It was recently announced that iconic guitarist Slash was going to be producing his second genre feature, The Hell Within, which will be funded via a fan campaign in which those out there who want to help get the upcoming project made can enjoy a multitude of badass perks that will be offered throughout the production process. A bunch of incentives have already been announced at, but the site will be continually updated with new perks over the coming weeks as well.

While at the 2015 San Diego Comic-Con, Daily Dead caught up with Slash to discuss his involvement with The Hell Within, his excitement over being able to engage with his fans on his latest project, as well as his thoughts on the world of indie filmmaking.

Great to speak with you again, Slash, especially now that we’re here talking about a brand new movie only about a year after our last chat, which is pretty exciting. How did everything for The Hell Within come together?

Slash: After Nothing Left to Fear was done, I just kept my nose to the grindstone looking for stories, reading a lot of different scripts and books - this, that, and the other thing, so I have all kinds of plates spinning right now. But then this script came my way and I was just shocked because it was so well-written. It was such a good script. It's written by Jeff Buhler, who really knows how to put together a story. I think what happened is the guy who was directing it, Dennison Ramalho, is a Brazilian guy, really intense director, like somebody who really knows how to put something scary visual together. He got involved with Jeff on the script and moved the whole thing into South America and it just made it really, really dark and really ominous. I was really in love with it.

So it was already established that it was something that they were going to do, so I said, "Can I be involved?" and they were eager to have me involved. We got to know each other first and finally we were all like, "Okay, we're all on the same page here." That's basically it. Now we're heading into production in January and I'm just getting the word out and doing my little bit to use whatever influence I have to get people into it.

I think it’s really cool that you’re bringing this to your fans to get them involved. There's a lot of bad that comes with social media, but there's a lot of good that comes with it and without it, you couldn't engage fans like this 15 or 20 years ago.

Slash: It is really great because you can get everybody involved with the entire production as much or as little as they want to be throughout the whole thing. It's exciting to get as many people who are interested on board and involve them through the whole making, feeding them bits and pieces of stuff that nobody would normally see. Having the support of this army that you sort of built behind the movie, like its own built-in fanbase. It's a lot like how I approach music.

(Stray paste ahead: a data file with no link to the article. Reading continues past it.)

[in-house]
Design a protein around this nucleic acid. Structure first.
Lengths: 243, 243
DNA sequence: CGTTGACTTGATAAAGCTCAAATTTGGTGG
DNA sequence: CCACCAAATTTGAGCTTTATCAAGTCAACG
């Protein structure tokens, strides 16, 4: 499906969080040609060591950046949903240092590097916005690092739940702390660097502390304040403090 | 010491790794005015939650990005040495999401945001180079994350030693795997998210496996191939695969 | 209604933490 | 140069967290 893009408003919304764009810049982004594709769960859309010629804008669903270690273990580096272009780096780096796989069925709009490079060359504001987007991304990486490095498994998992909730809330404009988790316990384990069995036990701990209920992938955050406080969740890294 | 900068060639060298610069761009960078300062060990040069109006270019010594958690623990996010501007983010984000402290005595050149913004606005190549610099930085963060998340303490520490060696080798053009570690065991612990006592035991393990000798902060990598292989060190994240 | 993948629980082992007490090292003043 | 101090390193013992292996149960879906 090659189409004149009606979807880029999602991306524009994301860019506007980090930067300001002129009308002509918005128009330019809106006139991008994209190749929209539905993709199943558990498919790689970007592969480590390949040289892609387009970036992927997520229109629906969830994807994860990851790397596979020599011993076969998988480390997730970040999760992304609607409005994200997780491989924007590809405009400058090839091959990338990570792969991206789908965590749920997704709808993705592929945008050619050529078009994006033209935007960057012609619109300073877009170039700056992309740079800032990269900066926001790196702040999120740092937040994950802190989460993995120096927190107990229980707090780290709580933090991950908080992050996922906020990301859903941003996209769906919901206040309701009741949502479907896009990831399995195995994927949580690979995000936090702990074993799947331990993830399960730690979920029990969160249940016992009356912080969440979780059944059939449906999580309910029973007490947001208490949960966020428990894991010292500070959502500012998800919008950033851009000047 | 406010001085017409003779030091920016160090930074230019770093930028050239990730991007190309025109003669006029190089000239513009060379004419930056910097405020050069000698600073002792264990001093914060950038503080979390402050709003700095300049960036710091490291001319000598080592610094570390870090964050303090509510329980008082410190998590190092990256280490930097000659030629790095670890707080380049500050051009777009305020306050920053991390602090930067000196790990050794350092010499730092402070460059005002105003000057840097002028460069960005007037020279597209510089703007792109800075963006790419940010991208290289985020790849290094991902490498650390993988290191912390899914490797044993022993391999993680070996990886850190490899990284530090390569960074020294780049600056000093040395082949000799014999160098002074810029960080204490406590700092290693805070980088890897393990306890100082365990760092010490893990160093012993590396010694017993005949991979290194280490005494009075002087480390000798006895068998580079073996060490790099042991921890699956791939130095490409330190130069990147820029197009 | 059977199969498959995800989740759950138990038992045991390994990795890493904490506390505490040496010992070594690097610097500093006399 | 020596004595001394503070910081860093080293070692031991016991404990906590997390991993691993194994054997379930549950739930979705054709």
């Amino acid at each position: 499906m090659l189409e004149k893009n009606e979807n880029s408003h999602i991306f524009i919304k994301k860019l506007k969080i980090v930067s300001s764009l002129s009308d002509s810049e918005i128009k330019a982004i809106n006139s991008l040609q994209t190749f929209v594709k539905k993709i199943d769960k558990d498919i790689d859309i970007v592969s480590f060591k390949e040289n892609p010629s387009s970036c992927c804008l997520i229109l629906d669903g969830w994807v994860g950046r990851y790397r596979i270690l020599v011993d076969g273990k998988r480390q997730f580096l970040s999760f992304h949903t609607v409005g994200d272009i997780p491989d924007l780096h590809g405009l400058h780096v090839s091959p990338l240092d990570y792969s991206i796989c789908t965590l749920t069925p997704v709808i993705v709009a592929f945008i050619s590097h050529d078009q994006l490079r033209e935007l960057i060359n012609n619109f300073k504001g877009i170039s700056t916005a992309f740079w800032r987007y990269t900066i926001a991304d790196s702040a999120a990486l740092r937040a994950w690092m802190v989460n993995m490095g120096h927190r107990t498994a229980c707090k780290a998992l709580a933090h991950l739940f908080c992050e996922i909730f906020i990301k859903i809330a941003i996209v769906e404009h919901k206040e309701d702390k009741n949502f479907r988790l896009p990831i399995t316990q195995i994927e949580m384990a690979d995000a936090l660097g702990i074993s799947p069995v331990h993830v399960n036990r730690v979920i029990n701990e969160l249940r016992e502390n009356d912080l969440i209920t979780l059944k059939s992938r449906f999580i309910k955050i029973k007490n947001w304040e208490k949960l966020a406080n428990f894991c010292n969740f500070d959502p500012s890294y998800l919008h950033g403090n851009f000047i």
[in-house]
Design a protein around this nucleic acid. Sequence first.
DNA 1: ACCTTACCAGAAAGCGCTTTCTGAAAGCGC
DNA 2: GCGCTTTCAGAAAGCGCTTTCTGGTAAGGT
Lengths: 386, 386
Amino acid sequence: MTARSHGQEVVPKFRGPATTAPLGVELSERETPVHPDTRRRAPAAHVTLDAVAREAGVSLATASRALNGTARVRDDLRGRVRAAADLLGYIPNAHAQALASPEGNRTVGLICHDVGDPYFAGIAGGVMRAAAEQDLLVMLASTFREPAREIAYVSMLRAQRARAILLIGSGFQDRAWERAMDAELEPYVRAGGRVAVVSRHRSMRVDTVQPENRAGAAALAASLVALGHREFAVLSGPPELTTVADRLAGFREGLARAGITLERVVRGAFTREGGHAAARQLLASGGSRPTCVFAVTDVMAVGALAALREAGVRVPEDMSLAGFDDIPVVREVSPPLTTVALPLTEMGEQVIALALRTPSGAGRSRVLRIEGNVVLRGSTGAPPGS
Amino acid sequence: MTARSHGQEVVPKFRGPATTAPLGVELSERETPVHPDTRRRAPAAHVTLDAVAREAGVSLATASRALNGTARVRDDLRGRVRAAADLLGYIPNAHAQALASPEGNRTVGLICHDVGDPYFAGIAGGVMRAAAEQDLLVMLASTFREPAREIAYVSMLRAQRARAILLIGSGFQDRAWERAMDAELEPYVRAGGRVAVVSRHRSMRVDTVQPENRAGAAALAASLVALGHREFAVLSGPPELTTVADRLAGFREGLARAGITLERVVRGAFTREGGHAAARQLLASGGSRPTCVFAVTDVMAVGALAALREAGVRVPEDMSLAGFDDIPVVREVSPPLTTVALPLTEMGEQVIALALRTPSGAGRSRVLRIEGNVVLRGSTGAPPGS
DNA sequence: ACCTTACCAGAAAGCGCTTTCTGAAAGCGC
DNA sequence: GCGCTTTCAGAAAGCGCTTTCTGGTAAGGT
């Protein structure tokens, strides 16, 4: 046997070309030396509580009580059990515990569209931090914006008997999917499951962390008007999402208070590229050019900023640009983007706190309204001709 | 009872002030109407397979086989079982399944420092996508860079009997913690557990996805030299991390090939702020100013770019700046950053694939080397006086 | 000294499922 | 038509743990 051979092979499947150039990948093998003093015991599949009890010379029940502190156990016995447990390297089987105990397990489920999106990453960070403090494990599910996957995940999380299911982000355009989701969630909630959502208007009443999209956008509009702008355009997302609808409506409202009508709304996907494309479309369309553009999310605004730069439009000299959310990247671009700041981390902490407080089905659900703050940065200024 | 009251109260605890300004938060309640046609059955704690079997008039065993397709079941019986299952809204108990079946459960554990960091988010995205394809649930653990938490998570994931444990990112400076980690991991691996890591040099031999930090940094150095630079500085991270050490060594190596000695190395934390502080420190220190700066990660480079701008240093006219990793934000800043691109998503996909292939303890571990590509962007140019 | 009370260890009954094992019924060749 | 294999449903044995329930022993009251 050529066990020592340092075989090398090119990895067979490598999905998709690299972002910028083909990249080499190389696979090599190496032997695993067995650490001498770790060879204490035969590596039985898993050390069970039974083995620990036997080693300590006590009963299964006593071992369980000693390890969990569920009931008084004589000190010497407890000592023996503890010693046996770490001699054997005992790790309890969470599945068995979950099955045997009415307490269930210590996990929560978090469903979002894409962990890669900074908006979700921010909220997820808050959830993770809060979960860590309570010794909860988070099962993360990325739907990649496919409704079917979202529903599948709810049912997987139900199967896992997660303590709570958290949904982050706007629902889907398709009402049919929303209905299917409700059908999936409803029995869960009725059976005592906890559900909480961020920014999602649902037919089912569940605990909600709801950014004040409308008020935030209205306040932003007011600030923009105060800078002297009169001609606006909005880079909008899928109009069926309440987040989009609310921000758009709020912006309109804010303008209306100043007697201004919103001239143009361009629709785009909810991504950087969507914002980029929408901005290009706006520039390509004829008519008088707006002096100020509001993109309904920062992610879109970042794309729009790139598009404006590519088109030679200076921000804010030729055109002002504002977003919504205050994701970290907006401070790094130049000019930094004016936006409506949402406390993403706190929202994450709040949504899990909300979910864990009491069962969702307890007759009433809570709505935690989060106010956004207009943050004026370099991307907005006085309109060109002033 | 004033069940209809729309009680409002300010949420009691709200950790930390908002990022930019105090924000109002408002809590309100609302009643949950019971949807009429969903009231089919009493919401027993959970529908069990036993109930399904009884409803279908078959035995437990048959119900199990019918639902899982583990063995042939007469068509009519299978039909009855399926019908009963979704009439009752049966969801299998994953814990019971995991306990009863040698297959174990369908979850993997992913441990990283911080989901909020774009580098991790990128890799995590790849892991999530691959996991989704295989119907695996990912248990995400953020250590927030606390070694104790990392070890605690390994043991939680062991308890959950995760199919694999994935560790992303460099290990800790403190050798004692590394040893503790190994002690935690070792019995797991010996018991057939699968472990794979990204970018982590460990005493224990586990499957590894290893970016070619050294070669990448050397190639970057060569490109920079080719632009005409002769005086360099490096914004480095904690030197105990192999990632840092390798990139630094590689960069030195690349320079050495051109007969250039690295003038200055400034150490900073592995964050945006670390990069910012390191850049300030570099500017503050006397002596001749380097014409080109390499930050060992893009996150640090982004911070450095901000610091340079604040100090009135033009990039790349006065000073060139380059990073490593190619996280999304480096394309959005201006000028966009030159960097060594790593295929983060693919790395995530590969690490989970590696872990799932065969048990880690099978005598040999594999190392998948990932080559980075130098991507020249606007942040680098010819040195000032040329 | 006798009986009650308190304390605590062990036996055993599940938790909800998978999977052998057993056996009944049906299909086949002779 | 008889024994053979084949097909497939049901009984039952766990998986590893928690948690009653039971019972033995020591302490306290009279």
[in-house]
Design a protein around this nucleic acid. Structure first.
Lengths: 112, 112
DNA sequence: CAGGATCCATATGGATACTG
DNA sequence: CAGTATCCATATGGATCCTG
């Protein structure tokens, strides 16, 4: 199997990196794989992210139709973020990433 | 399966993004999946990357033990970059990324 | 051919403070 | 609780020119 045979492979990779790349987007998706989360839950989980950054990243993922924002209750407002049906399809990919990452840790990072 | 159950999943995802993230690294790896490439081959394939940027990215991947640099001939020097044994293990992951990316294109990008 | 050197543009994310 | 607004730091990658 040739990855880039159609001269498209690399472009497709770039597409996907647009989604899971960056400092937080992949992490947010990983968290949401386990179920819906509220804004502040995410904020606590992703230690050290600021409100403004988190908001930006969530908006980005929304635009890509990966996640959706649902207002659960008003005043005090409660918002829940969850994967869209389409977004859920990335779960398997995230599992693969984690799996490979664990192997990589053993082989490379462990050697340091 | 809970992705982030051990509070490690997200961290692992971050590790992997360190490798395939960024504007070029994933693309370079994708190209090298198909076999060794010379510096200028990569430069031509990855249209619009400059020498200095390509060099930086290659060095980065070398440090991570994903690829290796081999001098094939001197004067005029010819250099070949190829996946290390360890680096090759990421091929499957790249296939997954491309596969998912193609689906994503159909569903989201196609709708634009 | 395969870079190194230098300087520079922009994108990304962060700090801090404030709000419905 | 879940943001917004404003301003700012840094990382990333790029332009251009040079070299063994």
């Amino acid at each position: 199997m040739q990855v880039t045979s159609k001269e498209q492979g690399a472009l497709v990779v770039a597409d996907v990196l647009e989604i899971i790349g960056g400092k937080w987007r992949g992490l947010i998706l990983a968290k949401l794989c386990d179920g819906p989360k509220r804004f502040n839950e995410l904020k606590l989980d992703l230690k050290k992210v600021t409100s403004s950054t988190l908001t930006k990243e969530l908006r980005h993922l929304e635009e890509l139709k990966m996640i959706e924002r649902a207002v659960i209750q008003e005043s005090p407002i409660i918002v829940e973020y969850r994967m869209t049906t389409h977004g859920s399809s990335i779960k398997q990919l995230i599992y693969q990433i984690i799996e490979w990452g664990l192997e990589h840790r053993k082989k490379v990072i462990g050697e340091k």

I used to hate dealing with the outlets that you had at your disposal because a lot of it was so inaccurate. You're telling people one thing to go through their filter to be put out in different publications or whatever, that's basically where the information came from. If it was from Hit Parader Magazine or Rolling Stone or whatever it was, you sort of relied on them to promote your music or your tour or whatever it was. It's a very similar situation that happened with movies where you're leaving the marketing team to do their thing. Now, with social networking, you can really put that information in verbatim, there's no middle man - it's cool.

Going back to the story for a second, you mentioned this setting is a Brazilian jungle, which sounds like a lot of fun. Are you guys planning to go to Brazil for this? 

Slash: We're going to shoot it in Colombia. We'll spend six weeks in a Colombian jungle doing this. That's going to be really exciting.

That's really ambitious, especially working on the independent level of film. Is that a little nerve-wracking for you at all? 

Slash: I don't play there all the time, but sometimes we do South America and it's one of our biggest fan bases. Colombia is one of those, like playing in Bogota is hit or miss, because sometimes there's political stuff going on and you're not able to go. But there's a fucking amazing, really passionate audience there, so to be just you and your crew in the middle of the jungle shooting a movie with the cast, that's a whole different concept, and I've never done that, so I'm really excited and intrigued by that. It's in January, which is still pretty warm over there. I'm a big fan of snakes, so I know what I'll be doing, spending my off hours running around chasing after snakes and spiders [laughs].